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Evaluating endocrine endpoints relative to reproductive success in Japanese quail exposed to estrogenic chemicals [poster]

Society of Environmental Toxicology and Chemistry, annual meeting abstract book

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Abstract

The standard US EPA guidelines for avian reproductive testing may not be sufficiently sensitive to detect effects of sublethal and chronic exposure to endocrine disrupting toxins. There is a need to evaluate endocrine endpoints as potential markers for contaminant effects, and to determine their effectiveness and sensitivity when applied to wildlife. To this end, a three generational test was conducted using the Japanese quail (Coturnix japonica) and a proven estrogenic PCB. Birds were exposed during embryonic development via maternal deposition and/or direct egg injection at day 4. Standard measures of reproductive success and productivity used in toxicological studies, as well as multiple measures of physiological and behavioral responses used in endocrine studies were collected. Long term effects on growth and apparent development were similar between treated and control offspring. Fertility of treated eggs decreased from 75%+ 4.4 (x + se) for P1, to 59% + 12.5 for F1 and 54% + 14.2 for F2. All paired control birds mated to produce viable eggs, whereas 27 % of the F1 and 41 % of the F2 treated pairs failed to produce at least 1 viable egg. Although some decreases in productivity can be related to direct toxic exposure, the response from one generation to the next was not linear with treatment, indicating a potential effect from behavioral or other endocrine alterations.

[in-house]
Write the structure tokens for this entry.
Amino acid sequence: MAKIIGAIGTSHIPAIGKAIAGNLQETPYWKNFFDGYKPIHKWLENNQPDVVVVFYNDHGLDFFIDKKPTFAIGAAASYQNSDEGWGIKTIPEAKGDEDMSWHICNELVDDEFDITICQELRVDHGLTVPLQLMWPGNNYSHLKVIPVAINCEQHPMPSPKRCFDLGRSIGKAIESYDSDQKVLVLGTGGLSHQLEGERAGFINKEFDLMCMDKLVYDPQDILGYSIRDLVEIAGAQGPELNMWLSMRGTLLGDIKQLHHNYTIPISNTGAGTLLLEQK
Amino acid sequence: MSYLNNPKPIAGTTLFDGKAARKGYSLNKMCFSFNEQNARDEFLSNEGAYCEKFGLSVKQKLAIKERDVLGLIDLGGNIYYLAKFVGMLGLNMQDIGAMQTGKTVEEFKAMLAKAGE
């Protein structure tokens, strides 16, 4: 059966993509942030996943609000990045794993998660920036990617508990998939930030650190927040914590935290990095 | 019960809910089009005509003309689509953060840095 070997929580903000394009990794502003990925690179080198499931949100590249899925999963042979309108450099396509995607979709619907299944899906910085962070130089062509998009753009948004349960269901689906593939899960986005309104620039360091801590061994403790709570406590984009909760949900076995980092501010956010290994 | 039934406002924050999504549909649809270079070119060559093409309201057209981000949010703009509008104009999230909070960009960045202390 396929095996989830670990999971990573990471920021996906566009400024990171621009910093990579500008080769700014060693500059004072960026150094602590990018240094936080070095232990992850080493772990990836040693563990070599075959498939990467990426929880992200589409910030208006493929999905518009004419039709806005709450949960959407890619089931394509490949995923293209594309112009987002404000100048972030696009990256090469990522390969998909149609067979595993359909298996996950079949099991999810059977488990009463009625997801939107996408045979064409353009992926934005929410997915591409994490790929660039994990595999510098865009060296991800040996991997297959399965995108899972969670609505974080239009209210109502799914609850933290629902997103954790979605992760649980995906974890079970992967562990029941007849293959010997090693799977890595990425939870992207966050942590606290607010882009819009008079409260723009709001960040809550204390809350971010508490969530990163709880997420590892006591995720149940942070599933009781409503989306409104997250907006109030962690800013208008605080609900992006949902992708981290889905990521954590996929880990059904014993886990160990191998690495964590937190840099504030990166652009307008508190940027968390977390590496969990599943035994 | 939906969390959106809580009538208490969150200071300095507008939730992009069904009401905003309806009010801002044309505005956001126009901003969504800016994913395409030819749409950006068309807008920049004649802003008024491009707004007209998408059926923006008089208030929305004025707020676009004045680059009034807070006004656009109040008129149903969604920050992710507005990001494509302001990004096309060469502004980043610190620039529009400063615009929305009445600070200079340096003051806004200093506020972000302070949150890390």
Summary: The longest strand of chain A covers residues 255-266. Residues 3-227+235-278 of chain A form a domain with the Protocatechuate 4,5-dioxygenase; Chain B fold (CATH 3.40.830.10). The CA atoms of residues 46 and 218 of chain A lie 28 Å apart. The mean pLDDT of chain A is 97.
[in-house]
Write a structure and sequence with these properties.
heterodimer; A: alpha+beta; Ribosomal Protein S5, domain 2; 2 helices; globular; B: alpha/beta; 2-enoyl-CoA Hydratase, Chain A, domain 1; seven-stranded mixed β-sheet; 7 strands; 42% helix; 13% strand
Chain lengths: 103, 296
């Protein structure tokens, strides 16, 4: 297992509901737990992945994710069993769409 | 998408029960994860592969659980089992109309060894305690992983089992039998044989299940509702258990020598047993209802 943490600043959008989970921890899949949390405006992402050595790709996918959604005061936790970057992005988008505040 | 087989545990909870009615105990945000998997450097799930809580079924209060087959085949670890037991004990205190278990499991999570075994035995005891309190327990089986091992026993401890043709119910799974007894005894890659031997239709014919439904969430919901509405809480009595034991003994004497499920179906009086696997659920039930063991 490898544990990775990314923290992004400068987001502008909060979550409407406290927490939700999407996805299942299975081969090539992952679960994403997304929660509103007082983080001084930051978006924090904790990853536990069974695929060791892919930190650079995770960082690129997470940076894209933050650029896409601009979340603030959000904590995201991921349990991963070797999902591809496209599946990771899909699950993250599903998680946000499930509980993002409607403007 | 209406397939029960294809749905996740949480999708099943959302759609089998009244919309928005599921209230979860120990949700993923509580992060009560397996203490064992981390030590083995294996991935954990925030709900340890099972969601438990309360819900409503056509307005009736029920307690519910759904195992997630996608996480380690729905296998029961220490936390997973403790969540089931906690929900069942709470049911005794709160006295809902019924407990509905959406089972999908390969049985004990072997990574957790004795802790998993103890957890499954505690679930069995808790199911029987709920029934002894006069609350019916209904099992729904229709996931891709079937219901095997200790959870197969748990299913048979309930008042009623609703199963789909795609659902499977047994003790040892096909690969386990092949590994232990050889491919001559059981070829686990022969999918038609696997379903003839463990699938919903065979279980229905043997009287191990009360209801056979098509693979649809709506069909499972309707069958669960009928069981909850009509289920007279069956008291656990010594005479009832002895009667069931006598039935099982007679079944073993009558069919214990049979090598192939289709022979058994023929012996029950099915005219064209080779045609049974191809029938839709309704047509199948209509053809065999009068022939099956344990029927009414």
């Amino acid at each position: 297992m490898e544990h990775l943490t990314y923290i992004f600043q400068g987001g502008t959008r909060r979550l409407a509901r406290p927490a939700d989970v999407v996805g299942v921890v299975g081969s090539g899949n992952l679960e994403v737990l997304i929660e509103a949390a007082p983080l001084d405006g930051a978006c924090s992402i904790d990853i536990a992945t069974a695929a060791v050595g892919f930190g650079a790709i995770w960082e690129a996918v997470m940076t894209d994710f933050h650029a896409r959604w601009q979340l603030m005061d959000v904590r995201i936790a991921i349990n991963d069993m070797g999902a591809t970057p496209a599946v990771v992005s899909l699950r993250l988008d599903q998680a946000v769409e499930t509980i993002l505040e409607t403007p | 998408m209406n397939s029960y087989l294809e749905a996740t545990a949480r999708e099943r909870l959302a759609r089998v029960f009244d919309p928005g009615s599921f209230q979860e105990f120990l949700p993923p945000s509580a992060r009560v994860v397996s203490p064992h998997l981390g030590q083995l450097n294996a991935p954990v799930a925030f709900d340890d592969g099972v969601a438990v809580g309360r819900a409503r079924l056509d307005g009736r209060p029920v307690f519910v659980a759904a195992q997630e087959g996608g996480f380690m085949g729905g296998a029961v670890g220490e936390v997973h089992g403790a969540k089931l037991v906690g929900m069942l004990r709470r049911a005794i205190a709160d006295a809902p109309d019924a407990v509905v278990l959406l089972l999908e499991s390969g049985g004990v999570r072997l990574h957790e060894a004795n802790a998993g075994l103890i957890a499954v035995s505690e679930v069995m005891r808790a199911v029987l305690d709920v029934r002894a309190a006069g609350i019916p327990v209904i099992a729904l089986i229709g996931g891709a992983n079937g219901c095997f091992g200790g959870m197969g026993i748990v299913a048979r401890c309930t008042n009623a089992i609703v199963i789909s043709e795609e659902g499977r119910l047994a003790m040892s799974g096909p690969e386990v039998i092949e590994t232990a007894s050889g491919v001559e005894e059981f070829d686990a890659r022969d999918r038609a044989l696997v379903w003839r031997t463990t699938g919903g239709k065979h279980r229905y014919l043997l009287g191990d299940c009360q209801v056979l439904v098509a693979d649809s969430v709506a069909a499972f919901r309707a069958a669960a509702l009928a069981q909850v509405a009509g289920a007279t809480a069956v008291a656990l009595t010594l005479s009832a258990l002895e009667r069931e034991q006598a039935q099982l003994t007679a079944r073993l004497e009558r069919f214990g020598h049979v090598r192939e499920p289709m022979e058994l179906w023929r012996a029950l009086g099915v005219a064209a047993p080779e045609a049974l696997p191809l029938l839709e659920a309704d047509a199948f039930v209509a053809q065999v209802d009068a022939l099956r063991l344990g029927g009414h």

Additional Publication Details

Publication type:
Article
Publication Subtype:
Journal Article
Title:
Evaluating endocrine endpoints relative to reproductive success in Japanese quail exposed to estrogenic chemicals [poster]
Series title:
Society of Environmental Toxicology and Chemistry, annual meeting abstract book
Volume
21
Issue:
6
Year Published:
2000
Language:
English
Contributing office(s):
Patuxent Wildlife Research Center
Description:
263 (abstract PWP087)
Larger Work Type:
Article
Larger Work Subtype:
Journal Article
First page:
316
Last page:
317
Number of Pages:
2